HSBC under investigation over its hiring practices in Asia
By Staff Writer | Feb 23, 2016 05:53 AM EST
HSBC made a statement on Monday that it is under scrutiny by U.S. regulators. They are reportedly assessing the bank's hiring practices in Asia, as it reported that some areas of its bank investment are struggling.
According to Bloomberg, Europe's biggest bank, HSBC Holdings Plc, said that it belonged to financial institutions being probed by the U.S. Securities and Exchange Commission because of its hiring practices in the Asia Pacific. HSBC said that during its Hong Kong exchange statement that the investigation of the bank is in relation to the hiring candidates who are referred by or related to the government officials or employees of state-owned companies in Hong Kong.
The London-based lender had also obtained different requests for information and is working together with the SEC. "Based on the facts currently known, it is not practicable at this time for HSBC
to predict the resolution of this matter, including the timing or any possible impact on HSBC, which could be significant," the bank wrote in a statement.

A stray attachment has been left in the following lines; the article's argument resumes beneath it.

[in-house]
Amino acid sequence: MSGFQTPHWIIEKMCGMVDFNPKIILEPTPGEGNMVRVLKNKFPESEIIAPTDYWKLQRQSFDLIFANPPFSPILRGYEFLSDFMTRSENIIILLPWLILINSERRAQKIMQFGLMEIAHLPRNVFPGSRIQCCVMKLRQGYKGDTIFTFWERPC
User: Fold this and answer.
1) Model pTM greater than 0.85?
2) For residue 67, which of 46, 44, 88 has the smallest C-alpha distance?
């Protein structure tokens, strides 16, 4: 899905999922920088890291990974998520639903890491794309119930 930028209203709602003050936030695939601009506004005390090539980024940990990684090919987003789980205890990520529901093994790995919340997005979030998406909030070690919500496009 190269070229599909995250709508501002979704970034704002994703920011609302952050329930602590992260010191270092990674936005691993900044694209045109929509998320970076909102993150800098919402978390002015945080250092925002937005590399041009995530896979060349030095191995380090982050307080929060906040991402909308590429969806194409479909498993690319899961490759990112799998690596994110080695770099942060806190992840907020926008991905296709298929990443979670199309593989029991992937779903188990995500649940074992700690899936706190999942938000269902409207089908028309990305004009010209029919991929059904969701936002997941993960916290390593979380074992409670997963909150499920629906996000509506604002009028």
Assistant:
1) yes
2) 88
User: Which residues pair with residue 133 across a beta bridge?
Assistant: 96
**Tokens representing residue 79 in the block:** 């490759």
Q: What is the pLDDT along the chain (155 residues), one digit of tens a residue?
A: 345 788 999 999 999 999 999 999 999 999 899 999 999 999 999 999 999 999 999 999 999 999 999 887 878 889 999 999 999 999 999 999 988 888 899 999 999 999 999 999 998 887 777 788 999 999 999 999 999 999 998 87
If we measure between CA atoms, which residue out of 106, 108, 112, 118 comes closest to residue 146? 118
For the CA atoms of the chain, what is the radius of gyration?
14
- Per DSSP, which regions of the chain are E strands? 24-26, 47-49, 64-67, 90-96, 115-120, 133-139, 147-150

Reuters also reported that the bank made a warning that a U.S. monitor who is examining its anti-money laundering and approval compliance, following its US$1.9 billion charges for breaching sanctions in 2012, was unhappy with its progress. In fact, in a report made on January expressed that the monitor displayed important concerns regarding the pace of the progress, instances of potential financial crime and systems, as well as controls deficiencies.
But HSBC is promising that it is still on the process of improving its system and it is still under progress. It also added that it will be introducing an improved global system this year. It even claimed that it already added 2,500 compliance staff in 2015 and is now adding 9,000 people compared with 1,600 people in 2010.
The investigation began in 2013 in order to know whether hiring practices at some banks, including J.P. Morgan, had violated the U.S. Foreign Corrupt Practices Act. The move to probe these banks insists that it is illegal for companies to give officials and employees of state-owned firms anything of value to trade for business deals, as mentioned in CNN Money.
HSBC also stated that it will keep its headquarters in London after a 10-month of assessment of its residence. But is also warned of the 1,000 and above of its GBM staff that they could be relocated from London to Paris, that is, if Britain votes to leave the European Union in a referendum set on June 23.
Meanwhile, the bank's statement on the investigation came as it reported its fourth-quarter's loss amidst the lower income from lending and higher loan impairment charges. But the HSBC spokesman, Gareth Hewett, made no further detail regarding the bank's enquiry.